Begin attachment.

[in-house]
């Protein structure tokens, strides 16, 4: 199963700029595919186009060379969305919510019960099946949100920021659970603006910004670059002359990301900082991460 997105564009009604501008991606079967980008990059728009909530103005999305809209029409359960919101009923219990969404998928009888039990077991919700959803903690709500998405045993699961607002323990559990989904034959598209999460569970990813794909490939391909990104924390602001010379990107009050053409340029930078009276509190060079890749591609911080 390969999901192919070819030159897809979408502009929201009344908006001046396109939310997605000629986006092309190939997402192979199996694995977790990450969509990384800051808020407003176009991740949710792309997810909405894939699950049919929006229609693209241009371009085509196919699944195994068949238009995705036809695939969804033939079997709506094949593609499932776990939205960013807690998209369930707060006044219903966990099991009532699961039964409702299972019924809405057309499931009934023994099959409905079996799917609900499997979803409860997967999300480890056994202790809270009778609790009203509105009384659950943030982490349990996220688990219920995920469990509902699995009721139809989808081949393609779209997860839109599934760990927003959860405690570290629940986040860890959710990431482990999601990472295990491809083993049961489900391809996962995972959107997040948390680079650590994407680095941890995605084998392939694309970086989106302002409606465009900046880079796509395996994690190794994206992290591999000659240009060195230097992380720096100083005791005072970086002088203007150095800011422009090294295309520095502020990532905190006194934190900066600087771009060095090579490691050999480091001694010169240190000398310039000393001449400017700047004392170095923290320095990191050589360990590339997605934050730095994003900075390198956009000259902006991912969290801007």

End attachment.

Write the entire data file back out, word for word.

[in-house]
């Protein structure tokens, strides 16, 4: 199963700029595919186009060379969305919510019960099946949100920021659970603006910004670059002359990301900082991460 997105564009009604501008991606079967980008990059728009909530103005999305809209029409359960919101009923219990969404998928009888039990077991919700959803903690709500998405045993699961607002323990559990989904034959598209999460569970990813794909490939391909990104924390602001010379990107009050053409340029930078009276509190060079890749591609911080 390969999901192919070819030159897809979408502009929201009344908006001046396109939310997605000629986006092309190939997402192979199996694995977790990450969509990384800051808020407003176009991740949710792309997810909405894939699950049919929006229609693209241009371009085509196919699944195994068949238009995705036809695939969804033939079997709506094949593609499932776990939205960013807690998209369930707060006044219903966990099991009532699961039964409702299972019924809405057309499931009934023994099959409905079996799917609900499997979803409860997967999300480890056994202790809270009778609790009203509105009384659950943030982490349990996220688990219920995920469990509902699995009721139809989808081949393609779209997860839109599934760990927003959860405690570290629940986040860890959710990431482990999601990472295990491809083993049961489900391809996962995972959107997040948390680079650590994407680095941890995605084998392939694309970086989106302002409606465009900046880079796509395996994690190794994206992290591999000659240009060195230097992380720096100083005791005072970086002088203007150095800011422009090294295309520095502020990532905190006194934190900066600087771009060095090579490691050999480091001694010169240190000398310039000393001449400017700047004392170095923290320095990191050589360990590339997605934050730095994003900075390198956009000259902006991912969290801007």